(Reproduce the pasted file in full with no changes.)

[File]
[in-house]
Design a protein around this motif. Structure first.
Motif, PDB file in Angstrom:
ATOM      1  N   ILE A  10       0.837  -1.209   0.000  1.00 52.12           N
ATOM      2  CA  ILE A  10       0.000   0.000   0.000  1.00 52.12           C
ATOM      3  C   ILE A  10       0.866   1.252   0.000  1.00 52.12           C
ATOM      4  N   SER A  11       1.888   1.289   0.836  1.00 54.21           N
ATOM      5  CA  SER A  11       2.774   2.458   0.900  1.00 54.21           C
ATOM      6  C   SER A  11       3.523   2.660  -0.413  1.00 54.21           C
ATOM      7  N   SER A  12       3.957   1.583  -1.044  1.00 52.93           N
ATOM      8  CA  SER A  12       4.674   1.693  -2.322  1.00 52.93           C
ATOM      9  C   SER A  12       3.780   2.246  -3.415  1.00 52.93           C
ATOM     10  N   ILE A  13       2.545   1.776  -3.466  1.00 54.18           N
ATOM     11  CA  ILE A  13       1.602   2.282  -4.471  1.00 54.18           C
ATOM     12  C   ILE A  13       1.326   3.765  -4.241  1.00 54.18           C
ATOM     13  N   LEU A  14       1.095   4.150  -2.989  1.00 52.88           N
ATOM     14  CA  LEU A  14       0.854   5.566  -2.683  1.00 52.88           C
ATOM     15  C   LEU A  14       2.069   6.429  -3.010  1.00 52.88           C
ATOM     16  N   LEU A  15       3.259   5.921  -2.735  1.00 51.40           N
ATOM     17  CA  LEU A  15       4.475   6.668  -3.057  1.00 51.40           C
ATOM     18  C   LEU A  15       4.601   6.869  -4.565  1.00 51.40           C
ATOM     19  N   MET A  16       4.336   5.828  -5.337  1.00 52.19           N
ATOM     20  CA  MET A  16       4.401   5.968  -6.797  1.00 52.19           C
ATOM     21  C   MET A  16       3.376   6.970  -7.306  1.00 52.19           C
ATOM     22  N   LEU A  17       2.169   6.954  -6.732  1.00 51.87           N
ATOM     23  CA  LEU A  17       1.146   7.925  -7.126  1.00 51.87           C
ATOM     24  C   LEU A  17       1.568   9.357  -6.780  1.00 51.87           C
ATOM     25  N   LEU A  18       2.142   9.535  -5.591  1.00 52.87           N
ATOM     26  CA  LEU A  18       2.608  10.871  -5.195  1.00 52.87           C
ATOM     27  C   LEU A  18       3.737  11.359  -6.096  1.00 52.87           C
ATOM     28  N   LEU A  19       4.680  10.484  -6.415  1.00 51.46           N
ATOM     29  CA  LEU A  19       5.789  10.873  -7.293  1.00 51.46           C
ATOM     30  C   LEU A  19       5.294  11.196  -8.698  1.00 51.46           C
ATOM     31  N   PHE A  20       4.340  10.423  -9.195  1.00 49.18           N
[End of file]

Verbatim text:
[in-house]
Design a protein around this motif. Structure first.
Motif, PDB file in Angstrom:
ATOM      1  N   ILE A  10       0.837  -1.209   0.000  1.00 52.12           N
ATOM      2  CA  ILE A  10       0.000   0.000   0.000  1.00 52.12           C
ATOM      3  C   ILE A  10       0.866   1.252   0.000  1.00 52.12           C
ATOM      4  N   SER A  11       1.888   1.289   0.836  1.00 54.21           N
ATOM      5  CA  SER A  11       2.774   2.458   0.900  1.00 54.21           C
ATOM      6  C   SER A  11       3.523   2.660  -0.413  1.00 54.21           C
ATOM      7  N   SER A  12       3.957   1.583  -1.044  1.00 52.93           N
ATOM      8  CA  SER A  12       4.674   1.693  -2.322  1.00 52.93           C
ATOM      9  C   SER A  12       3.780   2.246  -3.415  1.00 52.93           C
ATOM     10  N   ILE A  13       2.545   1.776  -3.466  1.00 54.18           N
ATOM     11  CA  ILE A  13       1.602   2.282  -4.471  1.00 54.18           C
ATOM     12  C   ILE A  13       1.326   3.765  -4.241  1.00 54.18           C
ATOM     13  N   LEU A  14       1.095   4.150  -2.989  1.00 52.88           N
ATOM     14  CA  LEU A  14       0.854   5.566  -2.683  1.00 52.88           C
ATOM     15  C   LEU A  14       2.069   6.429  -3.010  1.00 52.88           C
ATOM     16  N   LEU A  15       3.259   5.921  -2.735  1.00 51.40           N
ATOM     17  CA  LEU A  15       4.475   6.668  -3.057  1.00 51.40           C
ATOM     18  C   LEU A  15       4.601   6.869  -4.565  1.00 51.40           C
ATOM     19  N   MET A  16       4.336   5.828  -5.337  1.00 52.19           N
ATOM     20  CA  MET A  16       4.401   5.968  -6.797  1.00 52.19           C
ATOM     21  C   MET A  16       3.376   6.970  -7.306  1.00 52.19           C
ATOM     22  N   LEU A  17       2.169   6.954  -6.732  1.00 51.87           N
ATOM     23  CA  LEU A  17       1.146   7.925  -7.126  1.00 51.87           C
ATOM     24  C   LEU A  17       1.568   9.357  -6.780  1.00 51.87           C
ATOM     25  N   LEU A  18       2.142   9.535  -5.591  1.00 52.87           N
ATOM     26  CA  LEU A  18       2.608  10.871  -5.195  1.00 52.87           C
ATOM     27  C   LEU A  18       3.737  11.359  -6.096  1.00 52.87           C
ATOM     28  N   LEU A  19       4.680  10.484  -6.415  1.00 51.46           N
ATOM     29  CA  LEU A  19       5.789  10.873  -7.293  1.00 51.46           C
ATOM     30  C   LEU A  19       5.294  11.196  -8.698  1.00 51.46           C
ATOM     31  N   PHE A  20       4.340  10.423  -9.195  1.00 49.18           N